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a part of that anymore. I wanted to
contribute to that pool and make it
bigger.” So two years ago, he began
considering other possibilities.
Soon enough, Cousteau settled
on starting a socially responsible
exchange-traded fund (ETF), similar in many ways to a traditional
mutual fund, which is open to institutional and individual investors
alike. (A main difference is that
shares in an ETF can be traded on
a stock exchange.) In October, his
Global Echo fund—managed by his
financial partner, AdvisorShares,
and traded on the NYSE—will debut.
Fund managers will invest Global
Echo’s assets only in companies that
abide by specific social and sustainability guidelines. A portion of its
management fees will be directed
toward a new foundation Cousteau
What would success look like?
If the fund succeeds in gathering
$50 million to manage—a level
plenty of ETFs reach—it could spin
off management revenue of
$400,000 a year, a large portion of
which Cousteau could pour into his
pool of causes.
And it’s a large pool. He says part
of the revenue will go to his foundation, and the rest will be divided
among a wide range of worthy
and social entrepreneurship initiatives such as microloans.
“Much of that is meant to help
women in developing countries,”
he says. “This was something my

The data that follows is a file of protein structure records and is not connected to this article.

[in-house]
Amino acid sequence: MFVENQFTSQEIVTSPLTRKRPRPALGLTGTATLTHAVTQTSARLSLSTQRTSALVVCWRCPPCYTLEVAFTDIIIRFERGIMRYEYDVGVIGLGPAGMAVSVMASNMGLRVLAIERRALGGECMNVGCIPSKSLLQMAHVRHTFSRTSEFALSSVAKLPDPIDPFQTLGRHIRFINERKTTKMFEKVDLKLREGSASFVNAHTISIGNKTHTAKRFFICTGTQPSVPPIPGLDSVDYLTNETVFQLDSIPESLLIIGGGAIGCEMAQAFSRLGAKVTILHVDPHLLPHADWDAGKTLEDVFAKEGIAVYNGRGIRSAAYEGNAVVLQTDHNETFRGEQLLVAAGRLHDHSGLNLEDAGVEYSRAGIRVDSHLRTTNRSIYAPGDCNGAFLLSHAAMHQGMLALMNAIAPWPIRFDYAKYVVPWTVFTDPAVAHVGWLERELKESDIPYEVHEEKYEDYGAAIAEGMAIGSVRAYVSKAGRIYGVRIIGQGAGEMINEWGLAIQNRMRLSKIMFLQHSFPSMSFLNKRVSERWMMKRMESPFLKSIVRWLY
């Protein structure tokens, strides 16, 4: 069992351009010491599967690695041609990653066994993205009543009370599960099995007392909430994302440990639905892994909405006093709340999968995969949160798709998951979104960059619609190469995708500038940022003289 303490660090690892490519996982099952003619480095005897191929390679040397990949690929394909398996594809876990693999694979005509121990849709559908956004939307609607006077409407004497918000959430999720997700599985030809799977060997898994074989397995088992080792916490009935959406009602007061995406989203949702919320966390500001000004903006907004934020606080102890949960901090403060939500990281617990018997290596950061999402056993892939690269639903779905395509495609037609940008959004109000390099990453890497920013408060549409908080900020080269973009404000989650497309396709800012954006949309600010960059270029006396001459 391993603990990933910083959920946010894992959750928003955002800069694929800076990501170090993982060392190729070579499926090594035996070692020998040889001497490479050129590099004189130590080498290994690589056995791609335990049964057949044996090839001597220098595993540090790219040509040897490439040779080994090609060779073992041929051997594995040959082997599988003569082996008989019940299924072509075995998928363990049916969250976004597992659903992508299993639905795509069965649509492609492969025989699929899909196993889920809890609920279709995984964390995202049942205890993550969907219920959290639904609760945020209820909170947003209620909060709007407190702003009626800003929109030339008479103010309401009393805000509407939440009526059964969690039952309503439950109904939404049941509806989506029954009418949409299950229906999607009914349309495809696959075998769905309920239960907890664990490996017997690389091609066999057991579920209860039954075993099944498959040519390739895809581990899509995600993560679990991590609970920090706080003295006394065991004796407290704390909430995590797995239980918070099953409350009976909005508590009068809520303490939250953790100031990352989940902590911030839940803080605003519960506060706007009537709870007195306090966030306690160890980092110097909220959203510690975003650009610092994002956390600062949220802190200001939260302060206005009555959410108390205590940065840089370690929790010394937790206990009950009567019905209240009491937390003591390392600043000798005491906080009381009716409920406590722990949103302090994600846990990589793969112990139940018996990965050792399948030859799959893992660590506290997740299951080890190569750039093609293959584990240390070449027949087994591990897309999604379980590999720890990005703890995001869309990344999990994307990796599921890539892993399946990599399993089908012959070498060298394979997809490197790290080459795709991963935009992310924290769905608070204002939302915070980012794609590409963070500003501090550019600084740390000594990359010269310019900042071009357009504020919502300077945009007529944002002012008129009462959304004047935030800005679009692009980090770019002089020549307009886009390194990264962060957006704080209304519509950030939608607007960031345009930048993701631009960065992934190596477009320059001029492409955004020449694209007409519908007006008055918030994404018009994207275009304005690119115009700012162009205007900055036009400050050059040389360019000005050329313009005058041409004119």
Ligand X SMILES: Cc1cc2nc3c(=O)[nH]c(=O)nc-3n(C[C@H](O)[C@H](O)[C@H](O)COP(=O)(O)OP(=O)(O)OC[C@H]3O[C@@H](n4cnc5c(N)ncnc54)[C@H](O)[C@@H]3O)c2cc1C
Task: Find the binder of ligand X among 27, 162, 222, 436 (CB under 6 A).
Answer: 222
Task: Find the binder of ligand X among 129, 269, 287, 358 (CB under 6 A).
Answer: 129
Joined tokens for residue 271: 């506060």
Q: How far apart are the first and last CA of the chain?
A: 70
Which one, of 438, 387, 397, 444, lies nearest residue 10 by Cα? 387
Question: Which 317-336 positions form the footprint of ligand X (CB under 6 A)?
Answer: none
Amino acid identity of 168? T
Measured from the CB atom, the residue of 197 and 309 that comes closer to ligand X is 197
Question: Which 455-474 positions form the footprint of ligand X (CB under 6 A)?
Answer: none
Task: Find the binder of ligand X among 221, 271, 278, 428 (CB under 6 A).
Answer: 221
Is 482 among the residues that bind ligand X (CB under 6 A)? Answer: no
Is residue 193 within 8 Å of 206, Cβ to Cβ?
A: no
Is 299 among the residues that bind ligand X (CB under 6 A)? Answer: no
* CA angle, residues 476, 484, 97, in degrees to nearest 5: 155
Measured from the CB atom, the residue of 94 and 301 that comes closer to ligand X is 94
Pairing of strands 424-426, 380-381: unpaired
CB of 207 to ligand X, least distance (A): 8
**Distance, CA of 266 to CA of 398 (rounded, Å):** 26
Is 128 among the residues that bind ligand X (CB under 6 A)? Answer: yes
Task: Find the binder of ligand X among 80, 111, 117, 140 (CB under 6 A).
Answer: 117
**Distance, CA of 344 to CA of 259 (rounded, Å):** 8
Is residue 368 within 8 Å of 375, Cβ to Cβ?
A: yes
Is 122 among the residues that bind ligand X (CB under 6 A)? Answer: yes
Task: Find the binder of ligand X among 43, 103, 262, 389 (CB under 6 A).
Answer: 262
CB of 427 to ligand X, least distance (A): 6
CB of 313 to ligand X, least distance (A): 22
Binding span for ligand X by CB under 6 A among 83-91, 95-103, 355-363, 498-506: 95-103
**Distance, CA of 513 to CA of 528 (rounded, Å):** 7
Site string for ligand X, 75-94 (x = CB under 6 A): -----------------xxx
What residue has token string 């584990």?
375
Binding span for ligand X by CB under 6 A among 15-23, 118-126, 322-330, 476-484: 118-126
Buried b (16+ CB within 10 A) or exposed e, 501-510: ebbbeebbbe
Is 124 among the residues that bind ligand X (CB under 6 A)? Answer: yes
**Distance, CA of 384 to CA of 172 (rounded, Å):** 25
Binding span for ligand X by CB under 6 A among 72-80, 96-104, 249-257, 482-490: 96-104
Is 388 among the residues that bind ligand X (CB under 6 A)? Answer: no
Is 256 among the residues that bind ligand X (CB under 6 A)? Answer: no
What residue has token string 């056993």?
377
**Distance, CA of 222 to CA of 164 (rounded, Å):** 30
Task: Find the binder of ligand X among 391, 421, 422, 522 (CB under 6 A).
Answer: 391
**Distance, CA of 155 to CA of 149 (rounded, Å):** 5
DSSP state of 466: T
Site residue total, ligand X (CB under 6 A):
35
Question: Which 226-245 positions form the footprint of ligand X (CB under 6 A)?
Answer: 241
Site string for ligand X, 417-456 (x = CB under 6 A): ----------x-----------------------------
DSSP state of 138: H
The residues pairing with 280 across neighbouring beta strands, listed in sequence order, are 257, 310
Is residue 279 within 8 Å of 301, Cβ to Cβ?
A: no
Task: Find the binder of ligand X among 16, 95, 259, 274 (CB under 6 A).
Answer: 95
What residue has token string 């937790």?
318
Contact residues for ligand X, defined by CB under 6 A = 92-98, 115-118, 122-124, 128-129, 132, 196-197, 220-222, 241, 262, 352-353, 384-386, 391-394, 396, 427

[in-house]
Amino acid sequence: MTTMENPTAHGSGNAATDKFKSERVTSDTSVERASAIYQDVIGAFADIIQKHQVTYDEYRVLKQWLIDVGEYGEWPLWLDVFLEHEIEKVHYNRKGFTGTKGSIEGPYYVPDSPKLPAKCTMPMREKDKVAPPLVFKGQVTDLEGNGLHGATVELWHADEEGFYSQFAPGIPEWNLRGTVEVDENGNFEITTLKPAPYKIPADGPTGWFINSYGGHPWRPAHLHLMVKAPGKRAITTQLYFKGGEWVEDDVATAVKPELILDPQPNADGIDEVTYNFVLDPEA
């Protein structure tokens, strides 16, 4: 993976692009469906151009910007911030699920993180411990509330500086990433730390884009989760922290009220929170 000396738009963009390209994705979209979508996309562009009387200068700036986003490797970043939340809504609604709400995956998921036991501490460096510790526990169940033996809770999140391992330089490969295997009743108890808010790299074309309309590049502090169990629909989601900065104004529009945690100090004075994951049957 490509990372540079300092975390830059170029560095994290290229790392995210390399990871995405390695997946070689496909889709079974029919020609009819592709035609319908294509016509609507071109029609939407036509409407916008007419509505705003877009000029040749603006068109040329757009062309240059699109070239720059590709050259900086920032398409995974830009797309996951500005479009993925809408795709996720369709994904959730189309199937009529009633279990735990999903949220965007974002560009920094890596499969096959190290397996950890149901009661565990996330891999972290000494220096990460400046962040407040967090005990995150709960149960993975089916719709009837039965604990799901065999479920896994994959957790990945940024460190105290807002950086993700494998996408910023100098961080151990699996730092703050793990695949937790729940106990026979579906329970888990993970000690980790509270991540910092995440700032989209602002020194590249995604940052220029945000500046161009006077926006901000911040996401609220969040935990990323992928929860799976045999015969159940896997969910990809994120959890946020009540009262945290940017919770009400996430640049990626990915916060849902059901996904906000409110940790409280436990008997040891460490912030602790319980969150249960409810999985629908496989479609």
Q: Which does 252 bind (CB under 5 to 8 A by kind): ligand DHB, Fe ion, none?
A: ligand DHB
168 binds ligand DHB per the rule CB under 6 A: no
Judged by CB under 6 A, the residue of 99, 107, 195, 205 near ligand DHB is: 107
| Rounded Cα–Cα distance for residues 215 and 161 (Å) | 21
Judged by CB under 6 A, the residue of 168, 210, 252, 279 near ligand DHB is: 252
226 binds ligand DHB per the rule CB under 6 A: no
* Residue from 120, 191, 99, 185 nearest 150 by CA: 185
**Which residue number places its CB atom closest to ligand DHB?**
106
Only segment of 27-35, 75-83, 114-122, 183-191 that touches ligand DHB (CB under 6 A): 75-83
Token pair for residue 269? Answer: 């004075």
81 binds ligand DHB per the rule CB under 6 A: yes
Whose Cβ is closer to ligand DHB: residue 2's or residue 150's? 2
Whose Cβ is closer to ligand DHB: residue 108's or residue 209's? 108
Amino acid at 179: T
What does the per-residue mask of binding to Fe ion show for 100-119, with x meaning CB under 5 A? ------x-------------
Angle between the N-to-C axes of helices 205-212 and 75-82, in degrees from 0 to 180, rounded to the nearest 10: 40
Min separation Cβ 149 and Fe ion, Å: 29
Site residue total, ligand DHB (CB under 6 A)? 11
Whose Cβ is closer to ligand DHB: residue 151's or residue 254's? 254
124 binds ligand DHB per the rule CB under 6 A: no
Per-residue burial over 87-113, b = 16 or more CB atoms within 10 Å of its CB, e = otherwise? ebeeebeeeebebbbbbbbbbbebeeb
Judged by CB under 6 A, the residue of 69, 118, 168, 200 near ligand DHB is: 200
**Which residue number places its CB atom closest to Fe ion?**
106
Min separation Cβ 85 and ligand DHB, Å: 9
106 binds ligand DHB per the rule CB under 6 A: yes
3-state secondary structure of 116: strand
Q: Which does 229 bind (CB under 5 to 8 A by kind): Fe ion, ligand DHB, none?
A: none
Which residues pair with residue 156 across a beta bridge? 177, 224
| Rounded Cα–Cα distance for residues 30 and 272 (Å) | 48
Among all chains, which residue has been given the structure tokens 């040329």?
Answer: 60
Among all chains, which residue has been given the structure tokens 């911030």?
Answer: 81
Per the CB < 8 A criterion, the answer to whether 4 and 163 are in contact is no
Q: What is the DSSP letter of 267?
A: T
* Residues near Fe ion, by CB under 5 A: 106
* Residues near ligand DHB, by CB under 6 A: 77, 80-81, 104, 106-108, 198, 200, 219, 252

grandfather talked about a lot. Tar-
geting women is key in developing
countries. It allows them to go to
school, to say how many children
they’re going to have, which drives
the issue of population and how
their children will be educated.
Women are the best investments
in developing countries.”
But although Cousteau’s celeb-
rity could bring new energy to the
world of socially responsible ETFs,
there’s no guarantee his fund will
“When I apply for [a
grant] and get it,
doesn’t. I didn’t
want to be a part
of that anymore.”
gather $50 million to invest with.
According to Matt Hougan at
Index-Universe, a publication that covers
the ETF industry, socially responsible mutual funds tend to be
smaller than other funds—and investors can be wary of actively managed ETFs (compared with funds
that track an index, such as the S&P
500) because they tend to under-perform the market.
Part of the problem: Socially
responsible ETFs hold fewer companies than traditional ETFs, which
means their risk isn’t as diversified,
says Mitch Tuchman, CEO of online
investing advisory firm Market-Riders. This isn’t a matter of policy;
it’s just that when a fund invests
only in companies whose practices
it feels a kinship to, there are far
fewer investments to choose from.
The world isn’t stuffed with publicly
traded wind-energy companies.
“I wish them the best,” Hougan
says, “but there are just a lot of
things stacked against it.”
Cousteau nevertheless ap-
proaches his new effort with the
spirit of an explorer. And it isn’t just
the share of management fees that
motivates him. In the coming years,
he points out, the earth’s population
will grow by 2 billion people. Not-
for-profits don’t have the firepower
to solve the challenges of that new
world. But private companies do,
which is why Cousteau wants to
invest in them. “We just can’t do
things the same way,” he says.